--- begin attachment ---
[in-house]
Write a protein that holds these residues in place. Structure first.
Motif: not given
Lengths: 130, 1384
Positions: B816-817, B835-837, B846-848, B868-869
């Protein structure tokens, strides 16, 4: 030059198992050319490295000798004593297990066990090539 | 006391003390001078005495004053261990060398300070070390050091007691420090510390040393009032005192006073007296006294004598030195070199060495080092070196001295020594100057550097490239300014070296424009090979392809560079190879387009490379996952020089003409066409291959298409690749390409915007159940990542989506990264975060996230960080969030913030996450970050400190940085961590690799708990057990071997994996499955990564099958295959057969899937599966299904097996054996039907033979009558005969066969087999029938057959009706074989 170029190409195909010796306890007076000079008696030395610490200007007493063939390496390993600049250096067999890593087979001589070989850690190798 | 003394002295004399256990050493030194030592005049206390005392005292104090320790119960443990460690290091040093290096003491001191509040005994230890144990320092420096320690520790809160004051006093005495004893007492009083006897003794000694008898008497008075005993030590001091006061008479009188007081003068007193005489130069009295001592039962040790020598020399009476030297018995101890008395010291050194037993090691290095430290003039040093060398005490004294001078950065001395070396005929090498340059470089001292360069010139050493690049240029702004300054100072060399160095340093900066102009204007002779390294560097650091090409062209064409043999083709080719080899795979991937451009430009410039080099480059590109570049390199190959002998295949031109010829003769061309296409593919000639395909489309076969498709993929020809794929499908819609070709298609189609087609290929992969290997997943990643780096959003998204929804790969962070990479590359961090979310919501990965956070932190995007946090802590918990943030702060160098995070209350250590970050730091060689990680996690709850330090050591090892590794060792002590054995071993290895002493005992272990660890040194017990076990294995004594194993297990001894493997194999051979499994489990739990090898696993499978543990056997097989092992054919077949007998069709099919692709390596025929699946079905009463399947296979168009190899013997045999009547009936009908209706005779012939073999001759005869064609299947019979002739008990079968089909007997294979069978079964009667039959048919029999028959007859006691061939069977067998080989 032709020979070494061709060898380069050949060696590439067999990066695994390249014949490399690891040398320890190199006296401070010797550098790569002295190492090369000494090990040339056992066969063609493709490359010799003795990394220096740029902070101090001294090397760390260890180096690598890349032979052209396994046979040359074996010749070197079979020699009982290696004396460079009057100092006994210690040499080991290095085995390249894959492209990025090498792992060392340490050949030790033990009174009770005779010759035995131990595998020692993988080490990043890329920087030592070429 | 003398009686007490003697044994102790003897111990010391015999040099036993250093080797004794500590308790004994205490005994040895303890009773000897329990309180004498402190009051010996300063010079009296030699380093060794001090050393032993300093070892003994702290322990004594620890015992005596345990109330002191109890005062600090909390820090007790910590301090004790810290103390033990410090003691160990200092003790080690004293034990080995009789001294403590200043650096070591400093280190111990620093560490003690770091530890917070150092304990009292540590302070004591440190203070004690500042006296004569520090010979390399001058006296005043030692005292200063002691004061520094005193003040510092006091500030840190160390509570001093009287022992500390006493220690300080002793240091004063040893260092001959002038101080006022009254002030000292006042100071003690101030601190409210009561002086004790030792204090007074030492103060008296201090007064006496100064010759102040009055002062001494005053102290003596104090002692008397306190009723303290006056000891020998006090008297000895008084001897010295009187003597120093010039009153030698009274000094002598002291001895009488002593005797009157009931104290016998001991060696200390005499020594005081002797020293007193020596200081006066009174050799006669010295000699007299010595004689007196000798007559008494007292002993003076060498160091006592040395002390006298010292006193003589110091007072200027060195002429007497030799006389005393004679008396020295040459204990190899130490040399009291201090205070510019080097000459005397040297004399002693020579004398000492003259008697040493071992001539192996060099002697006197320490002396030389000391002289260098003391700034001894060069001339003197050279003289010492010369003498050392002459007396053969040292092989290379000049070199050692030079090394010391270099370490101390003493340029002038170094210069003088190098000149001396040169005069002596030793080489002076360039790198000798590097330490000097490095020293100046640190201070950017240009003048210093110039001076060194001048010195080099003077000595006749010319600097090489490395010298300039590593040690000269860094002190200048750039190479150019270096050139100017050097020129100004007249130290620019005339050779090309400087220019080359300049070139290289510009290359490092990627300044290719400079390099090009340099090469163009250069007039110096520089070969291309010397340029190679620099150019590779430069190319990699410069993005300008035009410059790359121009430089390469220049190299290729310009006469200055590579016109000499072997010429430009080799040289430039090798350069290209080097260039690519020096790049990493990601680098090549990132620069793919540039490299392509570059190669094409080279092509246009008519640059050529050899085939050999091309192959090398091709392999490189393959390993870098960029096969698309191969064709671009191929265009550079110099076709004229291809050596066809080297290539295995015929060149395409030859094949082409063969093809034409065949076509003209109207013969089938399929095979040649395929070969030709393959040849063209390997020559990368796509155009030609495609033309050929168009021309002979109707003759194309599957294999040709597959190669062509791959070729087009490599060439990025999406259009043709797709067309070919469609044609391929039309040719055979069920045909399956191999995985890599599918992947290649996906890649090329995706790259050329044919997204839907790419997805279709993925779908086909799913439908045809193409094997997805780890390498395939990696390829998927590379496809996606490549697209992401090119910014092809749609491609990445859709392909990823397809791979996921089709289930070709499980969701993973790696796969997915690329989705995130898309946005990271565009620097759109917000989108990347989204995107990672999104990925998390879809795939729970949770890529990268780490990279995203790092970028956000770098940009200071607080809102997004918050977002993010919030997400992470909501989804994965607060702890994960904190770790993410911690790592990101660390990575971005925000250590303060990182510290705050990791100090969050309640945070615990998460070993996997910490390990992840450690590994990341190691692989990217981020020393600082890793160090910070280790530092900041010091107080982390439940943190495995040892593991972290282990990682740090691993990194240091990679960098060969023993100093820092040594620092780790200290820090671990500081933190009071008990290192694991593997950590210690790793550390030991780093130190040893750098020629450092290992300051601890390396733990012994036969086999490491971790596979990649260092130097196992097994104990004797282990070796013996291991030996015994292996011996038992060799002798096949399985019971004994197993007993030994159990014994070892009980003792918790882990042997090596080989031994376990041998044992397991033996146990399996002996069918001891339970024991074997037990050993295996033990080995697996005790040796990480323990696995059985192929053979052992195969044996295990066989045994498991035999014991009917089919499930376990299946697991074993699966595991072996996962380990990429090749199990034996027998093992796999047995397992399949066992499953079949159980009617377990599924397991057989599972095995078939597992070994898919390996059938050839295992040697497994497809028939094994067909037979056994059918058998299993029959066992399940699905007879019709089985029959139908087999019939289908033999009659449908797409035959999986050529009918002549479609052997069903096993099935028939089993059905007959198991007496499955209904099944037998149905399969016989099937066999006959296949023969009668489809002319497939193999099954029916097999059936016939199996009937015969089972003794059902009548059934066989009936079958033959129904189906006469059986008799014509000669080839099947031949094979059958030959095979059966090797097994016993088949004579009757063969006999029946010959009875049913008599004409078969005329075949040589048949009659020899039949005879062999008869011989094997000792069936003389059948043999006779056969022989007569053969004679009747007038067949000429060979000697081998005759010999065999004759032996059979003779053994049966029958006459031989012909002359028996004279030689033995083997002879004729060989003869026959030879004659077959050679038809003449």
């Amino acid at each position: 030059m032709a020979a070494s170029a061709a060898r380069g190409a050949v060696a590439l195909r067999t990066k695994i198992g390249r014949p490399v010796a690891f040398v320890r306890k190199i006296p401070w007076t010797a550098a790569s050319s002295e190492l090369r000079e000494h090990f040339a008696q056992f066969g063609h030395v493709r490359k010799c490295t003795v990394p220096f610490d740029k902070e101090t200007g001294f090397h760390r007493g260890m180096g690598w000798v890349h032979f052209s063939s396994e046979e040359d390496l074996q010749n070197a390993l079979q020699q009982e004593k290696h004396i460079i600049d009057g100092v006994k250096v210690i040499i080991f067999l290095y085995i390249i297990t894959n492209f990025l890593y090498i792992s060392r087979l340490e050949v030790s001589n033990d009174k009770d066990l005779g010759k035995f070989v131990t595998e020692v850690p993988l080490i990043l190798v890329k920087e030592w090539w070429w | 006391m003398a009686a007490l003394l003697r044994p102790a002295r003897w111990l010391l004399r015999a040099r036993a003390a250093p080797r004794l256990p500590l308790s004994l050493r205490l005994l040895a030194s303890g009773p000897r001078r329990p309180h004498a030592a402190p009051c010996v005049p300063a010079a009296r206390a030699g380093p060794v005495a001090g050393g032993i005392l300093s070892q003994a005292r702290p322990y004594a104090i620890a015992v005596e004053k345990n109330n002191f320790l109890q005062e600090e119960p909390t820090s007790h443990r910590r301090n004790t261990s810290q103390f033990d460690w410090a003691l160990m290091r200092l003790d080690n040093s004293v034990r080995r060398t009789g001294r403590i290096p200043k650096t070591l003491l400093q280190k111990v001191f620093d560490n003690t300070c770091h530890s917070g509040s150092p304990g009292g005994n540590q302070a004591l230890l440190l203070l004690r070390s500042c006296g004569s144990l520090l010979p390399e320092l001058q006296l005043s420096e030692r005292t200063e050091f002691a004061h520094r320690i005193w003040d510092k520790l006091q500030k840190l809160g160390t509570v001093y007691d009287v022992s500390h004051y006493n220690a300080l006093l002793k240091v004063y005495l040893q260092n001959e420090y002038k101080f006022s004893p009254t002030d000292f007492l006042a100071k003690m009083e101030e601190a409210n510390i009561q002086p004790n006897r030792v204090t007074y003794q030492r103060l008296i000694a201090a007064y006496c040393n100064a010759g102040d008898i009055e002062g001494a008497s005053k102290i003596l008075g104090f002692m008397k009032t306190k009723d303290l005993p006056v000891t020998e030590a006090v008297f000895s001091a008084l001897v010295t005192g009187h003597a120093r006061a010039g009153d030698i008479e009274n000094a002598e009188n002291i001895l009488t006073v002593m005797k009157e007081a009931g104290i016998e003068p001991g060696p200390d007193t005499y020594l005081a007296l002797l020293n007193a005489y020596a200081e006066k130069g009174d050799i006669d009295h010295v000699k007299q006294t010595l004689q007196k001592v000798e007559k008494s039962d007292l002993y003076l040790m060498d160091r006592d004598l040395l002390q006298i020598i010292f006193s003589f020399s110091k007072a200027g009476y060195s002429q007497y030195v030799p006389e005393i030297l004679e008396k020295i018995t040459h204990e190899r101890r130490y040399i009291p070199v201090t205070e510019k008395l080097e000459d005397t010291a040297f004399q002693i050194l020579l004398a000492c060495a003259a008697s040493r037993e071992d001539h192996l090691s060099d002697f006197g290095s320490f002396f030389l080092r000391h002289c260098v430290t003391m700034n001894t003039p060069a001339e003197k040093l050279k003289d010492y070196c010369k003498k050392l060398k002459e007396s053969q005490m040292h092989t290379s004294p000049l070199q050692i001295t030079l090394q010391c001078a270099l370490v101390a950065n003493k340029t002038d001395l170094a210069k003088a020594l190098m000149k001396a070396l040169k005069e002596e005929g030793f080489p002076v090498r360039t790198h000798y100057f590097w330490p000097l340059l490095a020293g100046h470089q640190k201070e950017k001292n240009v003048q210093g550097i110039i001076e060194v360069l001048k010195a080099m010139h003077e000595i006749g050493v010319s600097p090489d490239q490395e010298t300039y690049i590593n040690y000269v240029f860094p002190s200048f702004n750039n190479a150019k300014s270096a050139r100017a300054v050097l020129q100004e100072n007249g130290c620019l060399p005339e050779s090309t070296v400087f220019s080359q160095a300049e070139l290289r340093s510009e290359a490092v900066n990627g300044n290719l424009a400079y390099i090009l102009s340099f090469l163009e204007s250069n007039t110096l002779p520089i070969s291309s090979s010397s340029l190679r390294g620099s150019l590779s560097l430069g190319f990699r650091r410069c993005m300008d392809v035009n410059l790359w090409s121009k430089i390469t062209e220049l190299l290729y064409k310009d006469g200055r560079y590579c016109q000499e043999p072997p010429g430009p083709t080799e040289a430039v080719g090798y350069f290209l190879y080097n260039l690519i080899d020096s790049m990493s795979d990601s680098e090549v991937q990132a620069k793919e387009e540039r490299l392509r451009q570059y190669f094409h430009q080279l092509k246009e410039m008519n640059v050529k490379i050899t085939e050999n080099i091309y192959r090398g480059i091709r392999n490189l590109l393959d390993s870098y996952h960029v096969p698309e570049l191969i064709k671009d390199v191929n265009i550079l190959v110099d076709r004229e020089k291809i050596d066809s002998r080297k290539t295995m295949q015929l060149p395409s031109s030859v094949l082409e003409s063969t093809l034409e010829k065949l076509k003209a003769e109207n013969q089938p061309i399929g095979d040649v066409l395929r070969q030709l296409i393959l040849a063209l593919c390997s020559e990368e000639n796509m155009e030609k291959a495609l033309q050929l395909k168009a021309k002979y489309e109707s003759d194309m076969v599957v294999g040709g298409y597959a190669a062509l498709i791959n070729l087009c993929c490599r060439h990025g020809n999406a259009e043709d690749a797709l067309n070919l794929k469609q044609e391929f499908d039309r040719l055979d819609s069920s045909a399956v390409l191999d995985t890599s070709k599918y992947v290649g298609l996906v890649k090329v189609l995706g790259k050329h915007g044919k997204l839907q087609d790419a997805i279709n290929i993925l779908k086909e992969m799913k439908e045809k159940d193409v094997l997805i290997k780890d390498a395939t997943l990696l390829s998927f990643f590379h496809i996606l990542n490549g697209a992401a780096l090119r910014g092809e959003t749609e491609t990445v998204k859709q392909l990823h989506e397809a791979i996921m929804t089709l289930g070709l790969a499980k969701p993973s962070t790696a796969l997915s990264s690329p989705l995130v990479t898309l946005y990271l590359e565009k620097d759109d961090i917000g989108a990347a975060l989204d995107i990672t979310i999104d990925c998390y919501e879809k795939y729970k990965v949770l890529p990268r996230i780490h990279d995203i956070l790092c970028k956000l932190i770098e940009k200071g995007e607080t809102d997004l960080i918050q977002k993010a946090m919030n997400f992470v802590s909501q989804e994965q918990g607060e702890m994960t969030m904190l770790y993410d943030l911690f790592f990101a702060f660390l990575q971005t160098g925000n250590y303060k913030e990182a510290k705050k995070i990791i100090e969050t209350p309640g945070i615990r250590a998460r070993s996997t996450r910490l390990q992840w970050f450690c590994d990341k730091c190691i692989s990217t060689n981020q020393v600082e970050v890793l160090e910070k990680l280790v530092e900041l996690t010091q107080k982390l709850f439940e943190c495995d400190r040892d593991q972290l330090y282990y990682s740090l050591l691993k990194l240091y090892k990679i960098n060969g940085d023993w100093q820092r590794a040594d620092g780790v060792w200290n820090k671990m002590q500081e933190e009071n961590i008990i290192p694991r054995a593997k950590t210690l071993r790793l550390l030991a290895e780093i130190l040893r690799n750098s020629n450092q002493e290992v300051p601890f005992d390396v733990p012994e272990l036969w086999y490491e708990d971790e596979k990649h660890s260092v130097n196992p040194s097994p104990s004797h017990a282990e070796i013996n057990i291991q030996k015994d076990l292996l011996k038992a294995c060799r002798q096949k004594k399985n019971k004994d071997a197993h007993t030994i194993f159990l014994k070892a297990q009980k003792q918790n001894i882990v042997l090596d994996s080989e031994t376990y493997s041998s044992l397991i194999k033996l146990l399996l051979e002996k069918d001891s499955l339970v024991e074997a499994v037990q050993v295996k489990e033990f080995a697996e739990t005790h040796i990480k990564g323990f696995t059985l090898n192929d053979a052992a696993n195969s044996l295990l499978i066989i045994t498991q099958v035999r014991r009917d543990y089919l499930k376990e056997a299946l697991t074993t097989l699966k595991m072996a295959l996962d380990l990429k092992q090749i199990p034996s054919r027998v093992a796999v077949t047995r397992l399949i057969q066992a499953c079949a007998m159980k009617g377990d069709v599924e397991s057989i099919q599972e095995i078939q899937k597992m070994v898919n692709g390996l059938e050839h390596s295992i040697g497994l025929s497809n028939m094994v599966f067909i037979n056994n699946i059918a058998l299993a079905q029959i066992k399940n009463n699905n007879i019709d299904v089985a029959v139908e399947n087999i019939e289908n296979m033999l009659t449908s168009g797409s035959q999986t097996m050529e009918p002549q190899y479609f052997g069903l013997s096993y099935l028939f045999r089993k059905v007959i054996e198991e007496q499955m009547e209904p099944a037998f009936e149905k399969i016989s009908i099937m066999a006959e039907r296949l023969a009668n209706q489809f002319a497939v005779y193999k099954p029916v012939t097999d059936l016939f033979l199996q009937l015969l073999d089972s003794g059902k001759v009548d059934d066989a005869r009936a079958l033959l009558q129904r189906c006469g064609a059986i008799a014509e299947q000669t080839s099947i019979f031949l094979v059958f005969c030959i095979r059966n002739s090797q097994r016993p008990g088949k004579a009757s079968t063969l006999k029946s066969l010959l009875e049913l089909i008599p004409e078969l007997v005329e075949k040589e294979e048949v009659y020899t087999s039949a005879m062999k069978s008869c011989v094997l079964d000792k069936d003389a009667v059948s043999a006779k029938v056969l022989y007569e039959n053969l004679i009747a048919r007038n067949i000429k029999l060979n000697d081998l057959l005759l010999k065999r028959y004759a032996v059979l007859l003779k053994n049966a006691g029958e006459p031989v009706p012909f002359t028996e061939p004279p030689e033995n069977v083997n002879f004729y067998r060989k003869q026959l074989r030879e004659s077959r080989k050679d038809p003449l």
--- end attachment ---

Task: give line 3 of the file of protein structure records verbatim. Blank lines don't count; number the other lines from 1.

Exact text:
Motif: not given